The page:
Date: Feb 5, 2013 2:57 AM
Author: Virgil
Subject: Re: Matheology � 203
In article <NrmdnTGwGq_kBo3MnZ2dnUVZ_tudnZ2d@giganews.com>,

fom <fomJUNK@nyms.net> wrote:

> On 2/4/2013 6:00 PM, fom wrote:

> > On 2/4/2013 5:14 PM, Virgil wrote:

> >> In article <tbCdnURtDtB9so3MnZ2dnUVZ_sWdnZ2d@giganews.com>,

> >> fom <fomJUNK@nyms.net> wrote:

> >>

> >>>

> >>> From the beginning (I showed up when Zuhair was asking questions)

> >>> I have not understood terminology. A CIBT is the Cantor space.

> >>> It is a topological construct and the C refers to topological

> >>> completeness.

> >>

> >> In my disputes with WM, a "CIBT" or "COMPLETE INFINITE BINARY TREE"

> >> is a countably infinite set of nodes, with a unique root node and such

> >> that every node has two child nodes, a "left child" and a "right child",

> >> and every node but the root node has one parent node for which it is

> >> either a left child or a right child.

> >>

> >> One can model it with its nodes being positive naturals:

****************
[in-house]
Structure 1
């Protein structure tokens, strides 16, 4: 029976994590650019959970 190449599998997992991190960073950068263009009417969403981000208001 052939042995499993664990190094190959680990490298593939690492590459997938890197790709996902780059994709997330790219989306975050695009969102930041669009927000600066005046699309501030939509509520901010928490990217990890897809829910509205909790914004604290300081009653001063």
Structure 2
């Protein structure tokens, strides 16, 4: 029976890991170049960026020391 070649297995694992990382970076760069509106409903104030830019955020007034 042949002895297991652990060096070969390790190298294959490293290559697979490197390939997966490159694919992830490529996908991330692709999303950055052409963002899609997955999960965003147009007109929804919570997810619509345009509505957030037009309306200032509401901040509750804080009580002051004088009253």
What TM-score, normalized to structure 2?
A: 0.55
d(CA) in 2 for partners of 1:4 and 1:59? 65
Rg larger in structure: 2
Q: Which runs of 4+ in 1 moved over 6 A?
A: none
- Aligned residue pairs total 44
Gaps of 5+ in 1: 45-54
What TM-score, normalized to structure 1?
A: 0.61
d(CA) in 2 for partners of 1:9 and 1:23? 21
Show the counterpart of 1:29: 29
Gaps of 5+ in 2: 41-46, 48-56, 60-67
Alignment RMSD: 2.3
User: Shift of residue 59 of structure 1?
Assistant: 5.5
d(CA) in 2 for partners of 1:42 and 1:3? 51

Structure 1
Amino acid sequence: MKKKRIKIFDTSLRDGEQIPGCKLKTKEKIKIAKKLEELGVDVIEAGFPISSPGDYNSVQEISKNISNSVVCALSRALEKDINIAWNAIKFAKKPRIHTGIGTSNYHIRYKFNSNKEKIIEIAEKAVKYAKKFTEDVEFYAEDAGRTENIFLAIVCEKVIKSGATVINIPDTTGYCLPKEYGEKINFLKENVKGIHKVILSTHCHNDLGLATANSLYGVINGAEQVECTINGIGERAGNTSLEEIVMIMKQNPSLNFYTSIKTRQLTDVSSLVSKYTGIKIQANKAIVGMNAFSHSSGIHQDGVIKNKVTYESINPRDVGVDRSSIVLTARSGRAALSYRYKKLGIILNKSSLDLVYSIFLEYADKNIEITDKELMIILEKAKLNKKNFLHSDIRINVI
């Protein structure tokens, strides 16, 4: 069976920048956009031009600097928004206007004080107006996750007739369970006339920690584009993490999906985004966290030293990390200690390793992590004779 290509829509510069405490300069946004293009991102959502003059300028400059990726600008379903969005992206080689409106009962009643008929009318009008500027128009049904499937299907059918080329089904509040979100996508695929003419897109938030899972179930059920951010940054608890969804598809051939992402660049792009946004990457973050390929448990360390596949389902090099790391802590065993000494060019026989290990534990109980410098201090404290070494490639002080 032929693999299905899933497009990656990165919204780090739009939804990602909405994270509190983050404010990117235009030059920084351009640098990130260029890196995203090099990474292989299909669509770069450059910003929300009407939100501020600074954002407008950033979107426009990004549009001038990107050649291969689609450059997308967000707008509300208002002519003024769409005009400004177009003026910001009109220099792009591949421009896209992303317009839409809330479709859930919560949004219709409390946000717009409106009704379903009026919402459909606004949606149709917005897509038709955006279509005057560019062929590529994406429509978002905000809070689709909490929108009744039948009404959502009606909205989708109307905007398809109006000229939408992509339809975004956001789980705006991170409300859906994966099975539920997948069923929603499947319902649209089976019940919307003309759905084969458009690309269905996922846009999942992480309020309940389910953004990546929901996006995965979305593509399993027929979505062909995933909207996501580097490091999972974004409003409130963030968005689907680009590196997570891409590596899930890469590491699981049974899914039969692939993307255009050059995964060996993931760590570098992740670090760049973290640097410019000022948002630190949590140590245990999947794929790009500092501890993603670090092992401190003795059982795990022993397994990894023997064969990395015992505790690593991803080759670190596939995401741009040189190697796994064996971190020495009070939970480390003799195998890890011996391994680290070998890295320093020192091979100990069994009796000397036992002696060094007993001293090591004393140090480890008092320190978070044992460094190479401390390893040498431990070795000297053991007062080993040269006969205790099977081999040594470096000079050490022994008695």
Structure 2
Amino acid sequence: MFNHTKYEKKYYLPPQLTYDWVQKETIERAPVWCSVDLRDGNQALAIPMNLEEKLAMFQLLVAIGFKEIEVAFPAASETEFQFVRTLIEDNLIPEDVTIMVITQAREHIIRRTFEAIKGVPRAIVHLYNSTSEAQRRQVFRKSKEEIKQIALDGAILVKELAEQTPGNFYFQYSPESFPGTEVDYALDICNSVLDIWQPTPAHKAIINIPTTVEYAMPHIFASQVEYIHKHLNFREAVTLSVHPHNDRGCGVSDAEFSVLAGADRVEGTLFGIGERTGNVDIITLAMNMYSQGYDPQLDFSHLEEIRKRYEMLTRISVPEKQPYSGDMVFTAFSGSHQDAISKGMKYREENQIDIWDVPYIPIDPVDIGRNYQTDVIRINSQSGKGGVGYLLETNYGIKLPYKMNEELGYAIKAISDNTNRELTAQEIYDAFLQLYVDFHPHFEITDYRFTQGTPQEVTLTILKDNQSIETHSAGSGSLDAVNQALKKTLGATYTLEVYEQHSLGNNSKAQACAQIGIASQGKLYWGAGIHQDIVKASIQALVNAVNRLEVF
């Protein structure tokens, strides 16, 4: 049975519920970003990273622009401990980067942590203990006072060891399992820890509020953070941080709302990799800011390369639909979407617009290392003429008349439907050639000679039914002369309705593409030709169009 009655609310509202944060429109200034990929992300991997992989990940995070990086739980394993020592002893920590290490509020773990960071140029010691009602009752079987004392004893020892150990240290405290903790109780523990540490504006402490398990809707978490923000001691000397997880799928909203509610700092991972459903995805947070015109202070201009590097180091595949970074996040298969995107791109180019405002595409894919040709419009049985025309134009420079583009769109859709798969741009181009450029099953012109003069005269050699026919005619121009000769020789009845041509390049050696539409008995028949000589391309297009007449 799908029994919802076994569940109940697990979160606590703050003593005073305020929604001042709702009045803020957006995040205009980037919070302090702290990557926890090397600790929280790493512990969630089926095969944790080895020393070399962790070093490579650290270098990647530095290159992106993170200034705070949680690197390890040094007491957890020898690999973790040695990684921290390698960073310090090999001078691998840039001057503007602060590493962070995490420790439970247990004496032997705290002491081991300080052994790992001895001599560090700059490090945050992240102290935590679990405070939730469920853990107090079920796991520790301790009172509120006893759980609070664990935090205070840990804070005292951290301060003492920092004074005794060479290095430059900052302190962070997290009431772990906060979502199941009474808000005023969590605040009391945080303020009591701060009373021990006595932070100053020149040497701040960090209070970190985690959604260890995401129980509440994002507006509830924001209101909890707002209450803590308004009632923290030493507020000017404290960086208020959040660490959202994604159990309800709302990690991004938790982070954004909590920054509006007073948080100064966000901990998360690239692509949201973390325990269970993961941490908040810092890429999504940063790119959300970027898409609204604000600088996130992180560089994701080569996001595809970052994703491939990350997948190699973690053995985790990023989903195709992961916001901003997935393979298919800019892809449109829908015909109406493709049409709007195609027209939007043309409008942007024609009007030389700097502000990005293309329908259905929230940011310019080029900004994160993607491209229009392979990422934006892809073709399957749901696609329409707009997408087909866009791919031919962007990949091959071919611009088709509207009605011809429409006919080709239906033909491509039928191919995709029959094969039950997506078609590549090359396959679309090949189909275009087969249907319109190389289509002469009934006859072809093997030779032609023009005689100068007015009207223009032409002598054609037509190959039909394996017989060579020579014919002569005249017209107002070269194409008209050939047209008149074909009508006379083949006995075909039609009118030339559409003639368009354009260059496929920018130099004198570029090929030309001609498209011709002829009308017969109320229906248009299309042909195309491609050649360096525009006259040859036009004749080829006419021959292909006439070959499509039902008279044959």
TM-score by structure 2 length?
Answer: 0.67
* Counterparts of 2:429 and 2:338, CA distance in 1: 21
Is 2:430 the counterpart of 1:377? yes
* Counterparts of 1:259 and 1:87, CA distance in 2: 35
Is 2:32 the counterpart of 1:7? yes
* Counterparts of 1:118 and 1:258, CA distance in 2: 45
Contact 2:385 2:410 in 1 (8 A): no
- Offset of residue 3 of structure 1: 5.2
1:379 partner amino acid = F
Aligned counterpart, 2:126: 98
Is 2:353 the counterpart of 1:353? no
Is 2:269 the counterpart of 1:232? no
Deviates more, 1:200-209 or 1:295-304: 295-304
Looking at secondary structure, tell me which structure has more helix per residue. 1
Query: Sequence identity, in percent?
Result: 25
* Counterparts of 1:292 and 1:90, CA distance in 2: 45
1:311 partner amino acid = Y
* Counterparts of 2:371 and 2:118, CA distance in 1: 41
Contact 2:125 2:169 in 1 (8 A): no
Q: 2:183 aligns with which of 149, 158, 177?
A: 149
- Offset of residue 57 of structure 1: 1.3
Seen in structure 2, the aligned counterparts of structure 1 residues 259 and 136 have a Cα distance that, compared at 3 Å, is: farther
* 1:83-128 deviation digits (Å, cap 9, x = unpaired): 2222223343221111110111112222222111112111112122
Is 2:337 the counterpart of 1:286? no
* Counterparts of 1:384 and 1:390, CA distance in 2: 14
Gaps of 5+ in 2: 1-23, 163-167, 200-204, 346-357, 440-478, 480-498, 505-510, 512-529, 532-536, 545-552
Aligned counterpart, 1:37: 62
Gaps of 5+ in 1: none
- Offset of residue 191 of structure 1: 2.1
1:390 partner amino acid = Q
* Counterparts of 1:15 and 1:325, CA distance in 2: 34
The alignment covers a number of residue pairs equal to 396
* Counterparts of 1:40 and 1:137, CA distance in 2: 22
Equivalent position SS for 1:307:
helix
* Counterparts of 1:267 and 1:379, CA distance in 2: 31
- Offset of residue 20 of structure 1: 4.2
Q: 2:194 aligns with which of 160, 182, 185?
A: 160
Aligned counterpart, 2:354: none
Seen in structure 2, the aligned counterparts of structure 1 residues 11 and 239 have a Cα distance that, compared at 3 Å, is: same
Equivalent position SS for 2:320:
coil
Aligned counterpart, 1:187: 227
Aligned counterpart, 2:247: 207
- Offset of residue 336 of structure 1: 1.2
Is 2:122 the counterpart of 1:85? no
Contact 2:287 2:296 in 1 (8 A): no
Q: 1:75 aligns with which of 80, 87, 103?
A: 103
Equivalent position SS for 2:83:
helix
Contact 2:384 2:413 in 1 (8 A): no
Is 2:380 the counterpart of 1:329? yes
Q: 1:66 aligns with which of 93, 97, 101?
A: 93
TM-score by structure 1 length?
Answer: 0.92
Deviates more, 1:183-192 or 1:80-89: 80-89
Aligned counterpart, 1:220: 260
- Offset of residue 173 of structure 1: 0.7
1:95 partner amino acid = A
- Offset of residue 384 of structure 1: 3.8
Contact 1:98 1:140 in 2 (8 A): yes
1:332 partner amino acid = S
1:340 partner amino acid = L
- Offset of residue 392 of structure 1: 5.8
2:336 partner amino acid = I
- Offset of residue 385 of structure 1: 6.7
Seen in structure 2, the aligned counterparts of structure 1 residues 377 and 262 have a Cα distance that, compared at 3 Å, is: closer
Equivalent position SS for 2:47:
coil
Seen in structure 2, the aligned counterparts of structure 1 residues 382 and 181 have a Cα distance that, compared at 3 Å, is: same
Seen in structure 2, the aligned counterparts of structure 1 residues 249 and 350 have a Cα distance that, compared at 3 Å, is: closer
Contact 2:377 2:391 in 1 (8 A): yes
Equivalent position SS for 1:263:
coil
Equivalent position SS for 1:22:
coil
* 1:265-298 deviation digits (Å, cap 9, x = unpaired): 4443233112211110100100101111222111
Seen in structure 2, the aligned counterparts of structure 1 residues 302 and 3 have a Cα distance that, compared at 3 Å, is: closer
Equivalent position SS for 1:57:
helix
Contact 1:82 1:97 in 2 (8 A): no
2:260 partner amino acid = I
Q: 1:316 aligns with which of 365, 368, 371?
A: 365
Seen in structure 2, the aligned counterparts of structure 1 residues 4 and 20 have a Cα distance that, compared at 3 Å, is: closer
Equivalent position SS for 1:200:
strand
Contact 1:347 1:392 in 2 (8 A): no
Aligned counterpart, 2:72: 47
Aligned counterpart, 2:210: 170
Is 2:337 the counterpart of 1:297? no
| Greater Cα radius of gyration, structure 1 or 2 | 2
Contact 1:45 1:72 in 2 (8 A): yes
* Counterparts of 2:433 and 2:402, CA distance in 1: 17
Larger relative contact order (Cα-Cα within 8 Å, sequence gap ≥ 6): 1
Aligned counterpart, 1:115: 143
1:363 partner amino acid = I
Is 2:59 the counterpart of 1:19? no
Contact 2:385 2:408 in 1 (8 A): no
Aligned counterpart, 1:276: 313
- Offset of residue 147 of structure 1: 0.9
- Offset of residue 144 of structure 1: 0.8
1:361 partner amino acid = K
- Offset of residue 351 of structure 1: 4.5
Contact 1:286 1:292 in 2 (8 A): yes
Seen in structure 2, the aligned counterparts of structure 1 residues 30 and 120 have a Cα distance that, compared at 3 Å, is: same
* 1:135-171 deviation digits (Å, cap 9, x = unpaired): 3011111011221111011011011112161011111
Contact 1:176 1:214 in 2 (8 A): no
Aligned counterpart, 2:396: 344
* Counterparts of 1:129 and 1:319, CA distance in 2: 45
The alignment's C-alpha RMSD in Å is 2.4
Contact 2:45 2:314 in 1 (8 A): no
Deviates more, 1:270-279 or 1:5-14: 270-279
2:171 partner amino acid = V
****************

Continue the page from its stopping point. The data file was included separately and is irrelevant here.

> >>

> >> 1

> >> / \

> >> / \

> >> 2 3

> >> / \ / \

> >> 4 5 6 7

> >> / \ / \ / \ / \

> >>

> >> So that the left child of any node n is 2*n and its right child is

> >> 2*n+1, and the parent of any node n except 1 is floor(n/2).

> >>>

> >

> >

> > Yes. I gathered that and it is nice to see it

> > framed classically.

> >

> > Would not infinite binary tree suffice? What

> > confused me initially was the inclusion of the

> > modifier "complete".

>

> I suppose not. In discrete presentations, the

> length of a tree is probably described relative

> to the length at the terminal node of the longest

> branch (usually with a +1 somewhere). Consequently,

> complete here means that every node has a branch

> for every symbol of the alphabet -- in this case 2.

A path in a binary tree is any maximal chain of parent-child linked

nodes in a binary tree, and such a tree is complete if all paths are of

equal length. In an infinite binary tree that means each path is a

countably infinite set of nodes.

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